Losing your job is one of life’s most stressful and upsetting experiences and the longer you are out of work, the harder it can be to keep on searching. When the ‘We regret to inform you emails’ keep coming in, it’s no wonder your motivation takes a hit. 

While it can be tempting to give in to the feelings of hopelessness, it’s important that you keep your search going. The perfect job is right around the corner even if it doesn’t feel that way, so here are some tips to help keep you motivated. 

Take some time to think about your last job and draw up a list of everything you liked and disliked about it. Before you lost your job, was your career going in the direction you wanted it to? Are you really doing what you want to be doing? 

Life can get busy and hectic and it’s not often that we take the time to evaluate if our work is working for us. It can often take dramatic circumstances to give us a wakeup call and you might realise that you’ve been heading in the wrong direction and that’s completely ok. 

Instead of just applying for anything and everything you see, take a moment to think about what would make you happy so you don’t end up in a job that makes you miserable. 

When you’re out of work it can be difficult to maintain a proper schedule. You might start your day with the best of intentions but find yourself down a rabbit hole of Netflix true crime documentaries by teatime. This is a tough time and you should cut yourself some slack, but if you are to be successful in finding a new job you will have to get at least a little organised. 

Make a schedule that balances your time well and stick to it. Set some goals like reviewing your CV or applying for a set number of jobs per day. 

It’s also a good idea to keep track of the jobs you’re applying for. This could be written down in a diary, a simple spreadsheet or for the ultra-organised, a project management tool such as a Trello board. You can note down key dates and details about the jobs and record any feedback you get on your application to help you in the future. 

Being unemployed doesn’t mean that you’re unemployable and if you use your time out wisely, you could make yourself an even more attractive candidate. 

Do a bit of research when searching for jobs and see if any skills keep cropping up within job descriptions that you either don’t have or are a bit rusty in – then you can set to work on brushing up on them so your applications will be stronger.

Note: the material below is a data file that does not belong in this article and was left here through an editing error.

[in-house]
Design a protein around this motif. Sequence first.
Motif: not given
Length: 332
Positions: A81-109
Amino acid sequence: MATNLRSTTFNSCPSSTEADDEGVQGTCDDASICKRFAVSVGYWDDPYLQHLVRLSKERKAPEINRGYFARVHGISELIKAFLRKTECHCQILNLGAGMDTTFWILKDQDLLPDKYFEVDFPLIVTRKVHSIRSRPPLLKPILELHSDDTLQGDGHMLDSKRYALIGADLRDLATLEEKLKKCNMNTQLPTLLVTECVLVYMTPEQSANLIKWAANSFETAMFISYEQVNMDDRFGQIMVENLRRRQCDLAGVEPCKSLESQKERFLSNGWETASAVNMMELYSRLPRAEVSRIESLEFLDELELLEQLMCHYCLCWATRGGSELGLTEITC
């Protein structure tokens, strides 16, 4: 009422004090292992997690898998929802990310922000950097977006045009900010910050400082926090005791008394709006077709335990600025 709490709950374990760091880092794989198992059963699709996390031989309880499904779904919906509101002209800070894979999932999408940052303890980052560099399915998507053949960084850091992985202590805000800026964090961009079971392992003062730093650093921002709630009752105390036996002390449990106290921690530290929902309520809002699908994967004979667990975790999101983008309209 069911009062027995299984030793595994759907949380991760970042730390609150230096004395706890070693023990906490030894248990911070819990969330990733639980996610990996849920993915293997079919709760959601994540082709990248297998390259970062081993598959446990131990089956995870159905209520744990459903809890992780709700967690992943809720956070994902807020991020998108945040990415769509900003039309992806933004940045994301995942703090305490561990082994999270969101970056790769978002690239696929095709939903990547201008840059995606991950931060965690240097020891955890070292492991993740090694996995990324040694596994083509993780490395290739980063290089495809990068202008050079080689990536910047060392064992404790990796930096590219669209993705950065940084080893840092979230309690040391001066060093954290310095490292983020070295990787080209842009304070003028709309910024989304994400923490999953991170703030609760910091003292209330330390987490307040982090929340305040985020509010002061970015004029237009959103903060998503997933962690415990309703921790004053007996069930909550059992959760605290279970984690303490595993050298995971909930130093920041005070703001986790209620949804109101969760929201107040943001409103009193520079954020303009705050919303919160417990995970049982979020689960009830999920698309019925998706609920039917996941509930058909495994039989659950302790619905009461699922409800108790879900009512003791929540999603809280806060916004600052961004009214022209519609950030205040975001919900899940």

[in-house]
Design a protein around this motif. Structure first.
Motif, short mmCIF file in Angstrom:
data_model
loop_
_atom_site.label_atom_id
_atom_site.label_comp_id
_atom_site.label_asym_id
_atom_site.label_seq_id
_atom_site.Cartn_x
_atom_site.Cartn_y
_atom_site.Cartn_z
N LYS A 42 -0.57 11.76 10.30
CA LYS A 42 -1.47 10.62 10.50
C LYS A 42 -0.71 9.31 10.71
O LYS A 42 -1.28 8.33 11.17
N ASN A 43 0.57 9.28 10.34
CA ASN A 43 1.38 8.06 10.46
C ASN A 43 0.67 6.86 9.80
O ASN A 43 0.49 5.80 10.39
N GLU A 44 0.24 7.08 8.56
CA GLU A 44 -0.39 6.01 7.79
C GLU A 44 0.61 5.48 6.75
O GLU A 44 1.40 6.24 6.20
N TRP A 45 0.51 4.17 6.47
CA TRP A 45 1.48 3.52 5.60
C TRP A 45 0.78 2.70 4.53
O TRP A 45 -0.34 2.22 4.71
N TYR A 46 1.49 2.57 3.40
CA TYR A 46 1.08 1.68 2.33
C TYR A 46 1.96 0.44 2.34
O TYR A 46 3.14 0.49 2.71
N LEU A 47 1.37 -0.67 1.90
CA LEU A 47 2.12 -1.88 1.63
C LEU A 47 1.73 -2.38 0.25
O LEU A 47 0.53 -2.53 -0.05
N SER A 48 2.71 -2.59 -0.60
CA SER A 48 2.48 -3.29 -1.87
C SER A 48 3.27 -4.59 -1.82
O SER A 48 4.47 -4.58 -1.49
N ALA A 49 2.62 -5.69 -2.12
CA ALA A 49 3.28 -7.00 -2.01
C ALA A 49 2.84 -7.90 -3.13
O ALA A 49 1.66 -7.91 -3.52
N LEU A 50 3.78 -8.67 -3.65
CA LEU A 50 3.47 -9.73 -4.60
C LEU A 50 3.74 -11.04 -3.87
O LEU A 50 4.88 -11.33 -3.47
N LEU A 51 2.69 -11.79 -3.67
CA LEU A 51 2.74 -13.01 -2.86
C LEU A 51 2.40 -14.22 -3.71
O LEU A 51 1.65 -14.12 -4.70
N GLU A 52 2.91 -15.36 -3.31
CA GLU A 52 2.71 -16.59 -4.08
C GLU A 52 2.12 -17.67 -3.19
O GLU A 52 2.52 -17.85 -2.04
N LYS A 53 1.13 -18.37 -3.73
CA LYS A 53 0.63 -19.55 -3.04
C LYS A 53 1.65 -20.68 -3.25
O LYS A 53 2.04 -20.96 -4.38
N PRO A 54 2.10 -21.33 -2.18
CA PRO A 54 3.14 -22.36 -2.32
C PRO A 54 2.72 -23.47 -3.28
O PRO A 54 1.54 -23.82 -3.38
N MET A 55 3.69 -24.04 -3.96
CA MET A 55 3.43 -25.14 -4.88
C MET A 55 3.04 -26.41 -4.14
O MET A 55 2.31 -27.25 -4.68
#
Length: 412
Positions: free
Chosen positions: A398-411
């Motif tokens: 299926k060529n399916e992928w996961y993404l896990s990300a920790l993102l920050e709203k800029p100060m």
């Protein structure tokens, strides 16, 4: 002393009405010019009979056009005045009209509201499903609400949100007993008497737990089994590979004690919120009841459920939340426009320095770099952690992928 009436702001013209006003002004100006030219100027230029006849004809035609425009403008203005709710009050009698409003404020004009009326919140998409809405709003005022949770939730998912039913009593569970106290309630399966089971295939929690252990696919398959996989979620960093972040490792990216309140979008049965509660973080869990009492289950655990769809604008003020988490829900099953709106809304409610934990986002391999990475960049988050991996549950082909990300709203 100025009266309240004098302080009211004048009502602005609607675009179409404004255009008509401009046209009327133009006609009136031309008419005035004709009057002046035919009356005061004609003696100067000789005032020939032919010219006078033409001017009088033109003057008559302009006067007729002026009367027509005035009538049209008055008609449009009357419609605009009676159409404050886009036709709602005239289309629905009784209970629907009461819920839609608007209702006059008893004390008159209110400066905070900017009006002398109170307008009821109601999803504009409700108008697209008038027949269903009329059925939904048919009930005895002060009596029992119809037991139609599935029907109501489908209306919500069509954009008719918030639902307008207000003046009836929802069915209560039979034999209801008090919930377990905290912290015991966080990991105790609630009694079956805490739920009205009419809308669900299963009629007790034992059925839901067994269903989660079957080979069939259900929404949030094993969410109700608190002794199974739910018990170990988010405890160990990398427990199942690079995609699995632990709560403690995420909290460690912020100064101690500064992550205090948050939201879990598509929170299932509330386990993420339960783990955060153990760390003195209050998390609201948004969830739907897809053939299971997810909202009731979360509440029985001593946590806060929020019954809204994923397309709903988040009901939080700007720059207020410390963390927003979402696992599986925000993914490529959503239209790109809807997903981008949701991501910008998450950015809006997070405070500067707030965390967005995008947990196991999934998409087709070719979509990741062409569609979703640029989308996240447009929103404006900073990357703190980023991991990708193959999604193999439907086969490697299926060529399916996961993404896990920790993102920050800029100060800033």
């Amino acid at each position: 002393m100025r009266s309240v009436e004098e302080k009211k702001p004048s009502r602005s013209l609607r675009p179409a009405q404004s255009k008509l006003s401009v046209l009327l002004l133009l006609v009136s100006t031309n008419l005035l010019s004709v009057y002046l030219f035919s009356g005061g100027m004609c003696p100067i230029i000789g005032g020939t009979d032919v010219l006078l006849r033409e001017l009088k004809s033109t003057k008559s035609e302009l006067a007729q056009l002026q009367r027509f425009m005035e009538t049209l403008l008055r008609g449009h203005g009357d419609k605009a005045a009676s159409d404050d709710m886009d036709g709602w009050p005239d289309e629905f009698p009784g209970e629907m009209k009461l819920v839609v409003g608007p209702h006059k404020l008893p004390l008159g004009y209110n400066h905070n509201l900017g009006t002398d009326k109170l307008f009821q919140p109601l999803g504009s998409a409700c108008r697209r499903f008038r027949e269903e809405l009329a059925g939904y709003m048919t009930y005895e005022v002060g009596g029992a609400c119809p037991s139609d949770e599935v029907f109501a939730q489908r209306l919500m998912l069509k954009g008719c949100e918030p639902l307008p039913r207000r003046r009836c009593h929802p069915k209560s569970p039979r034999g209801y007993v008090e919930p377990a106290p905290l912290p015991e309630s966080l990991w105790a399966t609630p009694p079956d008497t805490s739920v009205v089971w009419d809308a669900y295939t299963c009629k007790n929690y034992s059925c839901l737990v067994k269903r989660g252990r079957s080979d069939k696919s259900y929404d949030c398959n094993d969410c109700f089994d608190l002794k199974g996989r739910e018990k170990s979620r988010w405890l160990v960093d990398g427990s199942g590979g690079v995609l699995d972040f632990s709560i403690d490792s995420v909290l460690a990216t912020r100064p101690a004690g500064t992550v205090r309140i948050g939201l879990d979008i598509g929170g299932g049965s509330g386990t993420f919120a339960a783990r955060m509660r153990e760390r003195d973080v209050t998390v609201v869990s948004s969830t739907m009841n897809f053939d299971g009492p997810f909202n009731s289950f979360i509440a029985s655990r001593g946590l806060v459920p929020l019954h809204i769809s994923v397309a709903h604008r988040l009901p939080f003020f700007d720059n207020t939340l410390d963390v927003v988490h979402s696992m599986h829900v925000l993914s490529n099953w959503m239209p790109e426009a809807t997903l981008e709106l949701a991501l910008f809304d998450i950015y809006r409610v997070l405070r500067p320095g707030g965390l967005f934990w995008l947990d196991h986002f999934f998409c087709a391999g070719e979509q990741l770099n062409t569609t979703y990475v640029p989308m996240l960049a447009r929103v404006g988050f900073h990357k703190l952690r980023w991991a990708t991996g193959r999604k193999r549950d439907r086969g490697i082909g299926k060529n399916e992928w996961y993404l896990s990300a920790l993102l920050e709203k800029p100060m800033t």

It might be as something simple like working on your ability to use common applications like Microsoft Excel or you might find you want to invest a bit more of your time in an online course. This doesn’t have to cost the earth, in fact, there are many great free options available. Check out our blog on free courses for more details. 

Whether you were prepared for it or not, losing your job is a terrible experience and the longer you remain unemployed the harder it can get to stay positive. It’s okay to be stressed out or worried about the future but it’s important not to let it overwhelm you. 

If you find yourself regularly getting anxious try to focus on what’s positive about your time away from work. Now is the time to start on a project or activity that you’ve put off because you didn’t have enough time. This could be doing work around the house and garden, a creative project like taking up painting or crafting or cooking for your family or flat mates. 

Losing your job can make you want to withdraw from your friends and family, especially if you’ve been out of work for a long time. Work is a big part of our lives and you might find it uncomfortable to be around other people when they’re talking about their jobs. This can be tough to deal with but don’t cut yourself off from the people who care about you. 

Many people have found themselves in your situation at one point in their lives, so they’ll likely be able to offer a sympathetic ear and some practical advice on how to get through it. 

It’s also possible that someone you know might be able to let you know about new opportunities where they work or even recommend you for a role – sometimes it's not what you know, it’s who you know. 

If you’re really missing the camaraderie of working in a team why not volunteer your time to a charity? There are many worthwhile causes that you can help, from foodbanks to charity shops. You’ll get out of the house and the charity will get the help they need so it’s a win for everyone. Plus, volunteer work can really boost your CV even if it’s not directly linked to your career. 

It sounds clichéd but getting fresh air really does help you feel better and can often clear your mind of stressful thoughts. We know we’re not blessed with good weather too often, but it does come along once in a while so make the most of it while you can. 

Rather than sitting staring at your inbox waiting for replies, get outside and go for a walk, run, cycle or even just sit in the garden for an hour or so. If you’re combining your time outdoors with exercise it will be doubly beneficial as you’ll get an energy boost and a release of endorphins as well as a clearer mind. 

 If you’re looking to continue your job search, you can find the latest vacancies at x1jobs and sign up to job alerts to have new jobs delivered to your inbox.